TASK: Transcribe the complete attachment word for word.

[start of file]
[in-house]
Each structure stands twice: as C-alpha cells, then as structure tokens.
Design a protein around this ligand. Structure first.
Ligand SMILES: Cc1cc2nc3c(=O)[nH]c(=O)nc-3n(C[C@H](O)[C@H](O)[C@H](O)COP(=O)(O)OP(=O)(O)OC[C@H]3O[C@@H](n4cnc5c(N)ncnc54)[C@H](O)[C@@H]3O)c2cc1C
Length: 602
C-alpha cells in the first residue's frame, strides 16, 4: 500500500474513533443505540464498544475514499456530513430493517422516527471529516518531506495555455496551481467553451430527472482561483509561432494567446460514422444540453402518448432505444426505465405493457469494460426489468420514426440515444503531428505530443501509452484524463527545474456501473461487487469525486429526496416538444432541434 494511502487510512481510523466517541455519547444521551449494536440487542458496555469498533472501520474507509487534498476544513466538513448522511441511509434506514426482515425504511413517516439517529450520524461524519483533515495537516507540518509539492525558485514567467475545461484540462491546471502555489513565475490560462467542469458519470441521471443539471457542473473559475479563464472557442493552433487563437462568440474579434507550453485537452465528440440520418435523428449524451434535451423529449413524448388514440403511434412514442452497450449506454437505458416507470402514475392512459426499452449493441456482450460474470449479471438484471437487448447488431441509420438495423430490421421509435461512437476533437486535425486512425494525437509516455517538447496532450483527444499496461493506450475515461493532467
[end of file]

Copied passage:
[in-house]
Each structure stands twice: as C-alpha cells, then as structure tokens.
Design a protein around this ligand. Structure first.
Ligand SMILES: Cc1cc2nc3c(=O)[nH]c(=O)nc-3n(C[C@H](O)[C@H](O)[C@H](O)COP(=O)(O)OP(=O)(O)OC[C@H]3O[C@@H](n4cnc5c(N)ncnc54)[C@H](O)[C@@H]3O)c2cc1C
Length: 602
C-alpha cells in the first residue's frame, strides 16, 4: 500500500474513533443505540464498544475514499456530513430493517422516527471529516518531506495555455496551481467553451430527472482561483509561432494567446460514422444540453402518448432505444426505465405493457469494460426489468420514426440515444503531428505530443501509452484524463527545474456501473461487487469525486429526496416538444432541434 494511502487510512481510523466517541455519547444521551449494536440487542458496555469498533472501520474507509487534498476544513466538513448522511441511509434506514426482515425504511413517516439517529450520524461524519483533515495537516507540518509539492525558485514567467475545461484540462491546471502555489513565475490560462467542469458519470441521471443539471457542473473559475479563464472557442493552433487563437462568440474579434507550453485537452465528440440520418435523428449524451434535451423529449413524448388514440403511434412514442452497450449506454437505458416507470402514475392512459426499452449493441456482450460474470449479471438484471437487448447488431441509420438495423430490421421509435461512437476533437486535425486512425494525437509516455517538447496532450483527444499496461493506450475515461493532467